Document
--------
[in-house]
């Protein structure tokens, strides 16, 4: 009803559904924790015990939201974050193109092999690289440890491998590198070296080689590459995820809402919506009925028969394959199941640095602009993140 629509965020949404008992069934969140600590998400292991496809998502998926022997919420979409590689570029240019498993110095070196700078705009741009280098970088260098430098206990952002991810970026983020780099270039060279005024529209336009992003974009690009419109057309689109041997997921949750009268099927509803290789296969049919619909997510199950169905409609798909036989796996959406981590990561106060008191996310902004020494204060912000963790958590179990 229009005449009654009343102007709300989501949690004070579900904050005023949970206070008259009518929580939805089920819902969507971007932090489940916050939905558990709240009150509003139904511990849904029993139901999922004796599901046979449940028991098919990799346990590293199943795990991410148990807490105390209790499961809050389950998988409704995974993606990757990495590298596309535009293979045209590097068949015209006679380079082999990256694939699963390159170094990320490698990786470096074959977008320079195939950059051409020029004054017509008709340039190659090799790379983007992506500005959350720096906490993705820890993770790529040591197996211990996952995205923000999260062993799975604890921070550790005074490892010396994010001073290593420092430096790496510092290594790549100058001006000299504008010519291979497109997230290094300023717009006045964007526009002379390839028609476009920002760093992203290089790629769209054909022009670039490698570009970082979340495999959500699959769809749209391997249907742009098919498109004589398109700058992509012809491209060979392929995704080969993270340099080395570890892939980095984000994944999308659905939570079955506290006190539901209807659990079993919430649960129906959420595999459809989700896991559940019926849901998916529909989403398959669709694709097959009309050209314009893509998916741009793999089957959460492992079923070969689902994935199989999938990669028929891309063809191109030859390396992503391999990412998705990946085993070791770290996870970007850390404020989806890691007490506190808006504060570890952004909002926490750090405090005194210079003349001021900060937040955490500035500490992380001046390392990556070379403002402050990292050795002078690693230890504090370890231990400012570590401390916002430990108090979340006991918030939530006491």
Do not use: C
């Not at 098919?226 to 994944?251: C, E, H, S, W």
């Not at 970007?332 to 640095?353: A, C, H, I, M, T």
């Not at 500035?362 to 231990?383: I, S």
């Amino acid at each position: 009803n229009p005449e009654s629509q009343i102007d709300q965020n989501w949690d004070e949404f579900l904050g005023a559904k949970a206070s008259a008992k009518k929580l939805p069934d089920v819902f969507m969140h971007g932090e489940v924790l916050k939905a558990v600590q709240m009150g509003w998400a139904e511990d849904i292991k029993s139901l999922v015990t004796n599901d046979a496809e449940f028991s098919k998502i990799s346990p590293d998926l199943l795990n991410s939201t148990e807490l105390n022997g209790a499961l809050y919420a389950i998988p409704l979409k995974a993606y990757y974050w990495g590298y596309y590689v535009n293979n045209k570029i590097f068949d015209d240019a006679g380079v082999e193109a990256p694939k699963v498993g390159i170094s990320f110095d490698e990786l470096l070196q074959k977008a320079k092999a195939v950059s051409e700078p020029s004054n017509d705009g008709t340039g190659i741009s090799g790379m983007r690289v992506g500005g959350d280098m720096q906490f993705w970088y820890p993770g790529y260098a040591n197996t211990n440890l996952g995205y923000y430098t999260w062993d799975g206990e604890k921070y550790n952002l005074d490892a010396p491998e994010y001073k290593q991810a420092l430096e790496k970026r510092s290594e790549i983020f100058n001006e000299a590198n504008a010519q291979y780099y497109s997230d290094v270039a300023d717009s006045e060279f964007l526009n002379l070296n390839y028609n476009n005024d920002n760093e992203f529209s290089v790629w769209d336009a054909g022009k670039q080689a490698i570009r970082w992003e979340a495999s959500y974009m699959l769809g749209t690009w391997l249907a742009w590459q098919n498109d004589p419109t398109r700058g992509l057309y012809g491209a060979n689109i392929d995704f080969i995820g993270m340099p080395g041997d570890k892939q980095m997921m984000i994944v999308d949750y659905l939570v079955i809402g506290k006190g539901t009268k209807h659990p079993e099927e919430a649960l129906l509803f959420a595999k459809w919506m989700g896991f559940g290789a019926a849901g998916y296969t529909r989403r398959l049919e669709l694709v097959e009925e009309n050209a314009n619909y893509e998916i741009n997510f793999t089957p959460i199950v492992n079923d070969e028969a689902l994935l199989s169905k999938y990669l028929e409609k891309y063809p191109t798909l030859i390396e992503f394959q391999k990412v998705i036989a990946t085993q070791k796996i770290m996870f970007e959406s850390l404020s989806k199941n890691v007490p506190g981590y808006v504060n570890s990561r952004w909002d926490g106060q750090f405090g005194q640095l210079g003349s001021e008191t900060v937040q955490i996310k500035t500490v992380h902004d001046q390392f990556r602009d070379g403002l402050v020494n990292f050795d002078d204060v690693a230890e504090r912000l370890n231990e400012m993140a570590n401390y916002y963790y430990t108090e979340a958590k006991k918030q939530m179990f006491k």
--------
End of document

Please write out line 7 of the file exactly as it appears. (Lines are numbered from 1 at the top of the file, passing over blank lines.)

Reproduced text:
């Amino acid at each position: 009803n229009p005449e009654s629509q009343i102007d709300q965020n989501w949690d004070e949404f579900l904050g005023a559904k949970a206070s008259a008992k009518k929580l939805p069934d089920v819902f969507m969140h971007g932090e489940v924790l916050k939905a558990v600590q709240m009150g509003w998400a139904e511990d849904i292991k029993s139901l999922v015990t004796n599901d046979a496809e449940f028991s098919k998502i990799s346990p590293d998926l199943l795990n991410s939201t148990e807490l105390n022997g209790a499961l809050y919420a389950i998988p409704l979409k995974a993606y990757y974050w990495g590298y596309y590689v535009n293979n045209k570029i590097f068949d015209d240019a006679g380079v082999e193109a990256p694939k699963v498993g390159i170094s990320f110095d490698e990786l470096l070196q074959k977008a320079k092999a195939v950059s051409e700078p020029s004054n017509d705009g008709t340039g190659i741009s090799g790379m983007r690289v992506g500005g959350d280098m720096q906490f993705w970088y820890p993770g790529y260098a040591n197996t211990n440890l996952g995205y923000y430098t999260w062993d799975g206990e604890k921070y550790n952002l005074d490892a010396p491998e994010y001073k290593q991810a420092l430096e790496k970026r510092s290594e790549i983020f100058n001006e000299a590198n504008a010519q291979y780099y497109s997230d290094v270039a300023d717009s006045e060279f964007l526009n002379l070296n390839y028609n476009n005024d920002n760093e992203f529209s290089v790629w769209d336009a054909g022009k670039q080689a490698i570009r970082w992003e979340a495999s959500y974009m699959l769809g749209t690009w391997l249907a742009w590459q098919n498109d004589p419109t398109r700058g992509l057309y012809g491209a060979n689109i392929d995704f080969i995820g993270m340099p080395g041997d570890k892939q980095m997921m984000i994944v999308d949750y659905l939570v079955i809402g506290k006190g539901t009268k209807h659990p079993e099927e919430a649960l129906l509803f959420a595999k459809w919506m989700g896991f559940g290789a019926a849901g998916y296969t529909r989403r398959l049919e669709l694709v097959e009925e009309n050209a314009n619909y893509e998916i741009n997510f793999t089957p959460i199950v492992n079923d070969e028969a689902l994935l199989s169905k999938y990669l028929e409609k891309y063809p191109t798909l030859i390396e992503f394959q391999k990412v998705i036989a990946t085993q070791k796996i770290m996870f970007e959406s850390l404020s989806k199941n890691v007490p506190g981590y808006v504060n570890s990561r952004w909002d926490g106060q750090f405090g005194q640095l210079g003349s001021e008191t900060v937040q955490i996310k500035t500490v992380h902004d001046q390392f990556r602009d070379g403002l402050v020494n990292f050795d002078d204060v690693a230890e504090r912000l370890n231990e400012m993140a570590n401390y916002y963790y430990t108090e979340a958590k006991k918030q939530m179990f006491k």